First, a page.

If I may suggest... if you manage to move somewhere like a larger city, you may be able to find a roommate that can help you split rent in a 2 bedroom apartment (or maybe your sister gets a job too and you share rent for a 2 bedroom, or a 1 bedroom and one of you uses the living room as a bedroom and you get a folding screen for privacy). Also, due to the fact that it's a larger city, you won't need to own a car which is a HUGE major expense, especially in Canada. That's what I did when I first moved out... it really wasn't until I had a car that I was living hand-to-mouth.

    And dude... I may not be able to provide help or advice with regards to abusive situations... but if you need any advice from a fellow Canadian from your neck of the woods, who has skipped around the province like a stone across water moving and dealing with life, let me know :D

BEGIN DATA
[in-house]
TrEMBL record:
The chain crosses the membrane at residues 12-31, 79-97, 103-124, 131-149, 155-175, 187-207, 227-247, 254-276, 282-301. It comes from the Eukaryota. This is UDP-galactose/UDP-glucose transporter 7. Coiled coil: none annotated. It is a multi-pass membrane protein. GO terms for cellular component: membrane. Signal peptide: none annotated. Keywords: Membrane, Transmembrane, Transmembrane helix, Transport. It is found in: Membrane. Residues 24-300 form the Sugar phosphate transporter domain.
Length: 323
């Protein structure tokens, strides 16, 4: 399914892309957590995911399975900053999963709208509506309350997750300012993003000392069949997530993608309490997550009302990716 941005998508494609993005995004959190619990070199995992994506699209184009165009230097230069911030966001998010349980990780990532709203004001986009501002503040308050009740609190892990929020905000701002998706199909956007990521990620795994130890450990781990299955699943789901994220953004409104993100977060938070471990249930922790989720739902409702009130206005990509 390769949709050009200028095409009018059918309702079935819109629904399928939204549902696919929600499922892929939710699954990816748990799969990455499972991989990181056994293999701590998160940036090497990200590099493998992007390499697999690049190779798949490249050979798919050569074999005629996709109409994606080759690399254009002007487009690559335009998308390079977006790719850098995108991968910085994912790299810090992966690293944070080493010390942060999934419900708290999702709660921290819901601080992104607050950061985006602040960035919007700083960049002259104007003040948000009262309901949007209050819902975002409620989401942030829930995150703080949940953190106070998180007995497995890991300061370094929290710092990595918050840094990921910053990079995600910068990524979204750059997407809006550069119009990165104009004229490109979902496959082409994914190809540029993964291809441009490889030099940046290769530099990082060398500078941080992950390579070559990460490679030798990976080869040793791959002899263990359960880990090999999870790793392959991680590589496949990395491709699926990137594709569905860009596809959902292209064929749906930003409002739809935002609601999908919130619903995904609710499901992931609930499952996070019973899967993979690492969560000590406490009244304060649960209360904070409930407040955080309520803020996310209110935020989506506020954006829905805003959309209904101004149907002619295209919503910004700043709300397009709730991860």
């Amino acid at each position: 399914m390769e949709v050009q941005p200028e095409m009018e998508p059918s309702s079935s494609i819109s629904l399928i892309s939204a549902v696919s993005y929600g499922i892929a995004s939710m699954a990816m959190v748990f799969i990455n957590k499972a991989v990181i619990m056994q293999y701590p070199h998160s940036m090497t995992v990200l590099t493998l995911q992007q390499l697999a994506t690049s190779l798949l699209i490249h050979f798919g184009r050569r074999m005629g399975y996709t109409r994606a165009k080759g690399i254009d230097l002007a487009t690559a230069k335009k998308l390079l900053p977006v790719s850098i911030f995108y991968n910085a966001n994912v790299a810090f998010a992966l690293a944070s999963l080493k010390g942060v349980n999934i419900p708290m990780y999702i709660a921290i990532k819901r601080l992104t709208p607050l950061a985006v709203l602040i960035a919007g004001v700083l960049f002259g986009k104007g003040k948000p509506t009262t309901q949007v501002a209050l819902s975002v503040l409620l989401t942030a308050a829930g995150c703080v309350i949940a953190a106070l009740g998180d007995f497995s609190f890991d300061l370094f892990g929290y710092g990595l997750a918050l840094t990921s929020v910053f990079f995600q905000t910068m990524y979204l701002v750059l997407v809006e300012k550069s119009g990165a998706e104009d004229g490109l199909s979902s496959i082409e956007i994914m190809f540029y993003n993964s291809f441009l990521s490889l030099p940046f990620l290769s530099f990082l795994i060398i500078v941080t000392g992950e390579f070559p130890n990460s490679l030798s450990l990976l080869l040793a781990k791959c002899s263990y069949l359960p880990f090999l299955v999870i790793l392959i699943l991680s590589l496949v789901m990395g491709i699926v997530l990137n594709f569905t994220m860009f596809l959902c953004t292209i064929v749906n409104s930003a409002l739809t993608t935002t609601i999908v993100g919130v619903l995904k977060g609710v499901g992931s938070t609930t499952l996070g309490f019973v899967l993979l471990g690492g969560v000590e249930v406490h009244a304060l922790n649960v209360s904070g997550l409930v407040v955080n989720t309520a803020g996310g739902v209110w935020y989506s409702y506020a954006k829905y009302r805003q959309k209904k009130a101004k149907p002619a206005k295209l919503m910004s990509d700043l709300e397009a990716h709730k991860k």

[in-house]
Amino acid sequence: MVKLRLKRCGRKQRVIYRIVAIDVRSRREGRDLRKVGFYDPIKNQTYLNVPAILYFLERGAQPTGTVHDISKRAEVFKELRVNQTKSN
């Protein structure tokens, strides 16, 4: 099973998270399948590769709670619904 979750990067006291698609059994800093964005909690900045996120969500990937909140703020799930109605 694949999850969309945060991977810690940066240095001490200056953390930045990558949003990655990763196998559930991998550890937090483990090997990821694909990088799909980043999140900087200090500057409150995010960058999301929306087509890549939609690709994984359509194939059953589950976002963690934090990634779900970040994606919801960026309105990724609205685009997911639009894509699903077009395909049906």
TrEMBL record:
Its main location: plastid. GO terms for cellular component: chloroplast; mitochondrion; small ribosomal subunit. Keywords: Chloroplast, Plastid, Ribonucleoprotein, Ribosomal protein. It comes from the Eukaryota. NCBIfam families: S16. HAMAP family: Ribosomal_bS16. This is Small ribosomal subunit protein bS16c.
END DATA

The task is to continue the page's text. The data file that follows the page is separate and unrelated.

• I'd agree with trikker and Tallchick. Move out and get a job. Rest will be easier and slowly overtime you will get to a better place. At that point any of the interaction with him is on your terms. He is nice and friendly sure, meet up and see him, no? Get out. You don't owe him anything and have your own place and job to be at. Long distance relationship is one of the best ways of dealing with "troublesome" people

    Here is my personal story
    Spoiler:
    At age of 18 I've left my parents house and joined the military (Not a step that I would advise normally so skip to the next bit) at 21 I've met my GF (currently fiancée) and left the military to get a crappy min wage phone tech support job. Few years passed by and I lots of hard work in I've landed a better job, repeat the cycle a few times and with age (23-25 sounds like a lot now but your bosses or firm manager or whatever who are normally in charge are in their late 40s or 50s. To then 20ish is basically a baby or at least that's how they would normally treat it) and more field experiences I've climbed up the job market to currently have a well paying job in a comfortable environment where I able to afford annual abroad vacations while paying a mortgage for the house. What am I trying to say? It get's better.